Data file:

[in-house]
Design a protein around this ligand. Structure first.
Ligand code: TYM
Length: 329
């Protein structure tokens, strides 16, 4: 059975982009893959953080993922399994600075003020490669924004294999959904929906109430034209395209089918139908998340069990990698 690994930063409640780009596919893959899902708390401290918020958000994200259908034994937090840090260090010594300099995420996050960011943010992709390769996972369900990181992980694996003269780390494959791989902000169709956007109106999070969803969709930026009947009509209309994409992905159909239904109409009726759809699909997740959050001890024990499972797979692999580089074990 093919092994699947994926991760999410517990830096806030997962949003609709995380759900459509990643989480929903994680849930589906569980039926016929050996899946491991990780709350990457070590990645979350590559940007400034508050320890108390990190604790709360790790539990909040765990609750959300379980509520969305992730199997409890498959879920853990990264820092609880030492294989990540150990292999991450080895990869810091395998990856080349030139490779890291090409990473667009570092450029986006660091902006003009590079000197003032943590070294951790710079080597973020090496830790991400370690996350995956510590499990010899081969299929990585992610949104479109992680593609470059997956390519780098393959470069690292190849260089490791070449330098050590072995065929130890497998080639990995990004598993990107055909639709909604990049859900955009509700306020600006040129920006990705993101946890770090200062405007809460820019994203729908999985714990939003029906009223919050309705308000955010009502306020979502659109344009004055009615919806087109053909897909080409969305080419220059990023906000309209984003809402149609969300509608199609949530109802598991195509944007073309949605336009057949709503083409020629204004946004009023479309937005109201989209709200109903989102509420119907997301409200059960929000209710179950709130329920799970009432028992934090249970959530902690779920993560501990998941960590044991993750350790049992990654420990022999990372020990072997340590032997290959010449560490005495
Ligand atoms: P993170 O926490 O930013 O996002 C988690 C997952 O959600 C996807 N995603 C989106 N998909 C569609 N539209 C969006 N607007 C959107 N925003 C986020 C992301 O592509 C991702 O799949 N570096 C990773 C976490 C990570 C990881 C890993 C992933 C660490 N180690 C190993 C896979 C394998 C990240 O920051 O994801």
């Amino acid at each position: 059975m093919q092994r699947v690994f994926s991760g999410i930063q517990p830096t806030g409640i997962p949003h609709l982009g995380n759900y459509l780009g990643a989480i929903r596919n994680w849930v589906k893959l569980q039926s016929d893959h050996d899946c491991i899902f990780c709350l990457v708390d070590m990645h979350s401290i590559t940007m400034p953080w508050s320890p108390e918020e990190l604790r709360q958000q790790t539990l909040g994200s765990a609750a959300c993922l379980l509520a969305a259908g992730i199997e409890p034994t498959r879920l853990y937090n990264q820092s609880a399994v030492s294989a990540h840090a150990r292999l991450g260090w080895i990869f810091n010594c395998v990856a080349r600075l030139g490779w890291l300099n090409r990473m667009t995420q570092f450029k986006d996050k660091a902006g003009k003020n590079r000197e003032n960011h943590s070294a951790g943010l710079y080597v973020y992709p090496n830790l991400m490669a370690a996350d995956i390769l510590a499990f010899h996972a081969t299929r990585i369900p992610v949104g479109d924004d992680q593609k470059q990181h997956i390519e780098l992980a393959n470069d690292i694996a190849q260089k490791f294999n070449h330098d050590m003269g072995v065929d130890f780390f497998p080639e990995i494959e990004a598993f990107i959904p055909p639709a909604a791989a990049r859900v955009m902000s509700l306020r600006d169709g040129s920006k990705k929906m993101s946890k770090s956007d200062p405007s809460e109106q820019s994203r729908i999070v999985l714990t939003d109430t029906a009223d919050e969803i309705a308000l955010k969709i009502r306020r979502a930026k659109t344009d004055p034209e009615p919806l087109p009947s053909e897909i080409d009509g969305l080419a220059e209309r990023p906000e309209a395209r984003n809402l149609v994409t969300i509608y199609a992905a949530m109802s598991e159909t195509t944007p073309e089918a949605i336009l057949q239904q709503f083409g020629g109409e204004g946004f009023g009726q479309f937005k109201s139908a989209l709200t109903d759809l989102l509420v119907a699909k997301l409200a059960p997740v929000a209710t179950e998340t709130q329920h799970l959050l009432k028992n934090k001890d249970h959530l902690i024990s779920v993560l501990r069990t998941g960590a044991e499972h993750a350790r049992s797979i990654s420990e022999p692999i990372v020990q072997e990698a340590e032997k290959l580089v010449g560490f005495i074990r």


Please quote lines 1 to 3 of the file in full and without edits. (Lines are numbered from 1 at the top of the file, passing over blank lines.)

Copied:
[in-house]
Design a protein around this ligand. Structure first.
Ligand code: TYM